‘Lenders need to be more transparent about portfolios’ (Bridging & Commercial) Rated: A

Far from deserting the sector, lenders are now presenting landlords with a wider range of borrowing options than ever before. New figures from financial information site Moneyfacts suggests that there are currently more than 2,000 buy-to-let mortgage deals available, a new record high.

And while the various regulatory and tax changes have spelt trouble for the small-time landlords, the professionals seem to be in the ascendency. A recent study by Aldermore suggested that more than four out of 10 portfolio landlords are looking to expand their portfolios in the next 12 months.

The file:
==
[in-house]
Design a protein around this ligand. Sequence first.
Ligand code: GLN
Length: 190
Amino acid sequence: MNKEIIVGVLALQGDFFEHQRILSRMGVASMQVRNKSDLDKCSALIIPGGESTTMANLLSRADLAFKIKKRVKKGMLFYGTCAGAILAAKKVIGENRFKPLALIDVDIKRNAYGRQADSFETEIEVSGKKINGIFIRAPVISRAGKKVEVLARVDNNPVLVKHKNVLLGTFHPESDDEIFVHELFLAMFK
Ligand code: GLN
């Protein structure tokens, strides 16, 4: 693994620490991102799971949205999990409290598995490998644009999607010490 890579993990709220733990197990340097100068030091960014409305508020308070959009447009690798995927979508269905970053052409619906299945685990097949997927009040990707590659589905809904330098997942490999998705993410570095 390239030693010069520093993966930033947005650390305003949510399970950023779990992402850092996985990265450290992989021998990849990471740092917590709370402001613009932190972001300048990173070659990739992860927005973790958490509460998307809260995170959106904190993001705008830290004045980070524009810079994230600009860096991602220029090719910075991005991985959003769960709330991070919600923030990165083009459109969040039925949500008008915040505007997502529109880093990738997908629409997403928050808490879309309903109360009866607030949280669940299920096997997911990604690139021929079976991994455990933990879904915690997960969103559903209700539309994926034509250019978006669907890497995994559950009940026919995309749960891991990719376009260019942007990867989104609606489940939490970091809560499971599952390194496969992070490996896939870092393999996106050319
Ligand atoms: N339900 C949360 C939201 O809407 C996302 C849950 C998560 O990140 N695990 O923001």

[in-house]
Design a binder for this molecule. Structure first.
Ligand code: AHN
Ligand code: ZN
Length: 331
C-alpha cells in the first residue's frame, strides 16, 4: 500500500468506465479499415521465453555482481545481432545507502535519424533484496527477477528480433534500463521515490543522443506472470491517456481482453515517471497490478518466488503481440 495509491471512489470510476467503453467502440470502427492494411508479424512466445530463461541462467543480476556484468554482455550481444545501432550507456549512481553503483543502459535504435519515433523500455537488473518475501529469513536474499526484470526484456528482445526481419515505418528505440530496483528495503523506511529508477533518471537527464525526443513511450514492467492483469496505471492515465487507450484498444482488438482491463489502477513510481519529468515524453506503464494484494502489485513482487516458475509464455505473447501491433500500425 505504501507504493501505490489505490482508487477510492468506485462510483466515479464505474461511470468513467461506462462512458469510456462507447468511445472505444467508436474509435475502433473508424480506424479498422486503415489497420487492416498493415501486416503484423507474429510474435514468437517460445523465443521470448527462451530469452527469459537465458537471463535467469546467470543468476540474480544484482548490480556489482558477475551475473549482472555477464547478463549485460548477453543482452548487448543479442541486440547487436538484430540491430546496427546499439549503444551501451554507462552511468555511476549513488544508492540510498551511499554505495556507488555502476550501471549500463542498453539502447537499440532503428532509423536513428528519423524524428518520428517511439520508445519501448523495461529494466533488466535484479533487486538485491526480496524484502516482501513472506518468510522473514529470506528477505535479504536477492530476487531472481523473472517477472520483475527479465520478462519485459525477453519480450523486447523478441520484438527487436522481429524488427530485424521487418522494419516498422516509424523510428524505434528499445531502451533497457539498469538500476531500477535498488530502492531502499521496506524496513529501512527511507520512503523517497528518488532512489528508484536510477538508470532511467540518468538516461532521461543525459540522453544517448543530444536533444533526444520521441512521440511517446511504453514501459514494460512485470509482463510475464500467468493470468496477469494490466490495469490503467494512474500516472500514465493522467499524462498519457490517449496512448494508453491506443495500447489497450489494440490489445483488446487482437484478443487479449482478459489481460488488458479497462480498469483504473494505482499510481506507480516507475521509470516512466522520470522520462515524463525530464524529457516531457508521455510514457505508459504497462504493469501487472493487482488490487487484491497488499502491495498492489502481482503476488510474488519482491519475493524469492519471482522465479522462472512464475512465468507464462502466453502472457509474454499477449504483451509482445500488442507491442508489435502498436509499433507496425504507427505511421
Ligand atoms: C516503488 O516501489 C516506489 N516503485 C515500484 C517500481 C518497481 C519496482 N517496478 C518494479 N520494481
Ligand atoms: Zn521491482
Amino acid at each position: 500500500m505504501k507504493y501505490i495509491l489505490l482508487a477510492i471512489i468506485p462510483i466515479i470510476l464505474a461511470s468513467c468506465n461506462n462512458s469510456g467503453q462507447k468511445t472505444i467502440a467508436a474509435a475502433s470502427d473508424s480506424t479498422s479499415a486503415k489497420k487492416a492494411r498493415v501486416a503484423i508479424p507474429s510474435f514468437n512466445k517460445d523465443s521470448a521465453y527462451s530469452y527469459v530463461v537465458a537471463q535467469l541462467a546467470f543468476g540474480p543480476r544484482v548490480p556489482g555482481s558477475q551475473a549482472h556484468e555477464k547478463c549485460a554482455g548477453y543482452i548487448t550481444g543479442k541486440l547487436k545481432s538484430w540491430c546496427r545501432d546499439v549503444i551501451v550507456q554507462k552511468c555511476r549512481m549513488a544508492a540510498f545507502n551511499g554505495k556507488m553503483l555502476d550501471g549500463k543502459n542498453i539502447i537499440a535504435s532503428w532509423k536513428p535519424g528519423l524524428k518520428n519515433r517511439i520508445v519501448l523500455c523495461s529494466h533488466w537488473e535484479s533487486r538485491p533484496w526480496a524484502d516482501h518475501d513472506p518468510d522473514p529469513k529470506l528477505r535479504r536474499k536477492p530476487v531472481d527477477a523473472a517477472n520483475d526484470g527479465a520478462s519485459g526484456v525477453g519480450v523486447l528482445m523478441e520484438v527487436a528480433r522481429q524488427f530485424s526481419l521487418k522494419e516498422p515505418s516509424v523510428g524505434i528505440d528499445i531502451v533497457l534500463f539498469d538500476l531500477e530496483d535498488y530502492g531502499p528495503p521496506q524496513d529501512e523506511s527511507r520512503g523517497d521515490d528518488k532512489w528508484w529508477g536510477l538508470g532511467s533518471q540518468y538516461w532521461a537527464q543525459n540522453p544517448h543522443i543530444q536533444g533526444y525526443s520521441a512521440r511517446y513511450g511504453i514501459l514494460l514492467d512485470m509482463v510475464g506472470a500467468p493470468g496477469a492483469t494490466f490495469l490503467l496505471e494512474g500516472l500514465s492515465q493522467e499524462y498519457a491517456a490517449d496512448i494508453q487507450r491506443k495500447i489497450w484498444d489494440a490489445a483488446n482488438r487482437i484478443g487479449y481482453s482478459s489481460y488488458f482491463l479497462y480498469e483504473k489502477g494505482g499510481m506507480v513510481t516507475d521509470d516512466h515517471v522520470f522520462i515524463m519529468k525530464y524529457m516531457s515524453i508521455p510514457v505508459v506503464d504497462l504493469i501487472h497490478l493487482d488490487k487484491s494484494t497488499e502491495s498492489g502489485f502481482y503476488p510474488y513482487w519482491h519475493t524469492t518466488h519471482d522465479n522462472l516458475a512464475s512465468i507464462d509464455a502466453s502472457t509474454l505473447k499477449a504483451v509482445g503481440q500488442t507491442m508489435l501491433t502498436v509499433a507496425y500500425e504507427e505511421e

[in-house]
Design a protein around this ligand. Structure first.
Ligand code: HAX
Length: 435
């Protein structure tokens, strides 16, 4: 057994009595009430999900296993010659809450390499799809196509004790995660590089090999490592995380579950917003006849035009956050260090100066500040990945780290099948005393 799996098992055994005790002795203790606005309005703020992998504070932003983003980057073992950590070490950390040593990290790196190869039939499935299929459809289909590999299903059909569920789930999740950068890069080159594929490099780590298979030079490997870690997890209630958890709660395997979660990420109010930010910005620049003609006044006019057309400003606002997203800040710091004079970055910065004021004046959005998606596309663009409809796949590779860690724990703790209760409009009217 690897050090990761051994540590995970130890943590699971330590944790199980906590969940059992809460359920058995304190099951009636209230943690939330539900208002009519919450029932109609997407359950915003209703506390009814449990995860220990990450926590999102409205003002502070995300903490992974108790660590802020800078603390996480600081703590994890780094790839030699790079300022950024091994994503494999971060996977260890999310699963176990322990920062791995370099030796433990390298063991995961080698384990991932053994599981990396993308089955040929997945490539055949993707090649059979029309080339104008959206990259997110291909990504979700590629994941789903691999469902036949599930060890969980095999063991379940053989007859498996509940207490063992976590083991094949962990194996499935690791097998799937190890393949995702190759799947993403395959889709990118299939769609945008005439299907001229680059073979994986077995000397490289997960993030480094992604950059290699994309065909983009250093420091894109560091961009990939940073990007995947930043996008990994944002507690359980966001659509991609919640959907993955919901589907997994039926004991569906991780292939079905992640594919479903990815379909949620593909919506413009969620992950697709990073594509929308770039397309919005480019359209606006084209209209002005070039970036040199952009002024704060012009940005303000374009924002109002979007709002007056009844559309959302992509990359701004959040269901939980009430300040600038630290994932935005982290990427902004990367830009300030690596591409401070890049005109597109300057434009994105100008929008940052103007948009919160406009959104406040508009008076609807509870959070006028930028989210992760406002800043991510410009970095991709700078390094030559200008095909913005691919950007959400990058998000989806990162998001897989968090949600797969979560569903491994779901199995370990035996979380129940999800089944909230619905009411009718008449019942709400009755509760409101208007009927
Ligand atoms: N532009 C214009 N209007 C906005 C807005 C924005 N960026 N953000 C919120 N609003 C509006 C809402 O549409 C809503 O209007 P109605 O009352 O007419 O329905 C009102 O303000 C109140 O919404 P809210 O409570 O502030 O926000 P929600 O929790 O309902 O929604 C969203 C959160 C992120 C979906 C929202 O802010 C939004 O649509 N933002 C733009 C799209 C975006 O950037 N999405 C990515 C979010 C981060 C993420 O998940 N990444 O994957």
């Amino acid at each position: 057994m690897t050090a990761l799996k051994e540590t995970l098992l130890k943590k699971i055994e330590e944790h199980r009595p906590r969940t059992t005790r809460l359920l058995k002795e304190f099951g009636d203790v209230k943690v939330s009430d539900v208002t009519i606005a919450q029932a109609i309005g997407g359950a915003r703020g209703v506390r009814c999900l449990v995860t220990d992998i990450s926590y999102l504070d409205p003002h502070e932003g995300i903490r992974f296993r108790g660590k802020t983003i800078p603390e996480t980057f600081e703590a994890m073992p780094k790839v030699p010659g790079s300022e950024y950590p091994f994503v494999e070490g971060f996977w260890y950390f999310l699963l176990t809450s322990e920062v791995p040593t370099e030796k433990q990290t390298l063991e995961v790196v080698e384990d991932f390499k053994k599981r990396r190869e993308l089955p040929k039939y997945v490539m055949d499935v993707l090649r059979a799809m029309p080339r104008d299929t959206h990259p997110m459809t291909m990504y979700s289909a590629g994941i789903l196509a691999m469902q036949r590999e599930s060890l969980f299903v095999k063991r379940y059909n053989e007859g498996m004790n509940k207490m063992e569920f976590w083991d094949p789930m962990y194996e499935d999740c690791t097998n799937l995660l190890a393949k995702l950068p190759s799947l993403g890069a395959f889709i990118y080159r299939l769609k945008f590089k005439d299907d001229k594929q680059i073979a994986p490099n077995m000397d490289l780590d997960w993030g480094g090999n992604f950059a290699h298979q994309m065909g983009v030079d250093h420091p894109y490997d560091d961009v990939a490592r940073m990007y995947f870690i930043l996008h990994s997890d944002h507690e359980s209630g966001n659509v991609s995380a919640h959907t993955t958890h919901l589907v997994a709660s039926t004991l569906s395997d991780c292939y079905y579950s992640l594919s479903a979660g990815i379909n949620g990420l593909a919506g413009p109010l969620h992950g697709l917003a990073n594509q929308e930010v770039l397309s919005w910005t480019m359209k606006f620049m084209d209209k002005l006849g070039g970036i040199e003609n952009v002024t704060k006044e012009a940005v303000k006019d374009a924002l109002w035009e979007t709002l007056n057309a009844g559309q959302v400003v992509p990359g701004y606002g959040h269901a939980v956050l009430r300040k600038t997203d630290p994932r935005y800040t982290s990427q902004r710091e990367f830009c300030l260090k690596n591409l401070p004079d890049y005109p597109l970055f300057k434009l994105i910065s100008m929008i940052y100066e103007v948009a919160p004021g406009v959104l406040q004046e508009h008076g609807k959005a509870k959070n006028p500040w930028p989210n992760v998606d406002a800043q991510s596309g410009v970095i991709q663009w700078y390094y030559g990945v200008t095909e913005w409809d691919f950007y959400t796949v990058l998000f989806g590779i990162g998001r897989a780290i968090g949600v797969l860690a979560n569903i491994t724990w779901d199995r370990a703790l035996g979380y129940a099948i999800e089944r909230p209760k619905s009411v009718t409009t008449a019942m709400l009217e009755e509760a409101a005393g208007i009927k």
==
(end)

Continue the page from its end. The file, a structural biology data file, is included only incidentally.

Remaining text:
China

Chinese fintech’s global future is arriving now (Financial Times) Rated: AAA

Ant Financial recently raised an oversubscribed $10bn round which values the firm higher than Goldman Sachs, American Express and BlackRock; the Alipay product has more than 500 million users and is incredibly simple to use; they have integrated into Alibaba’s retail operation and have the world’s largest money market fund with Yu’E Bao; they have begun expanding globally as well as they have built partnerships with firms in Africa and have tried to enter the U.S. market through an acquisition of MoneyGram which was blocked by regulators; regulators will need to figure out how handle a company that doesn’t look to fade from the financial scene anytime soon.

Legal concerns heat up for wanted Founders Group leader as partner testifies in China (Myrtle Beach Sun News) Rated: A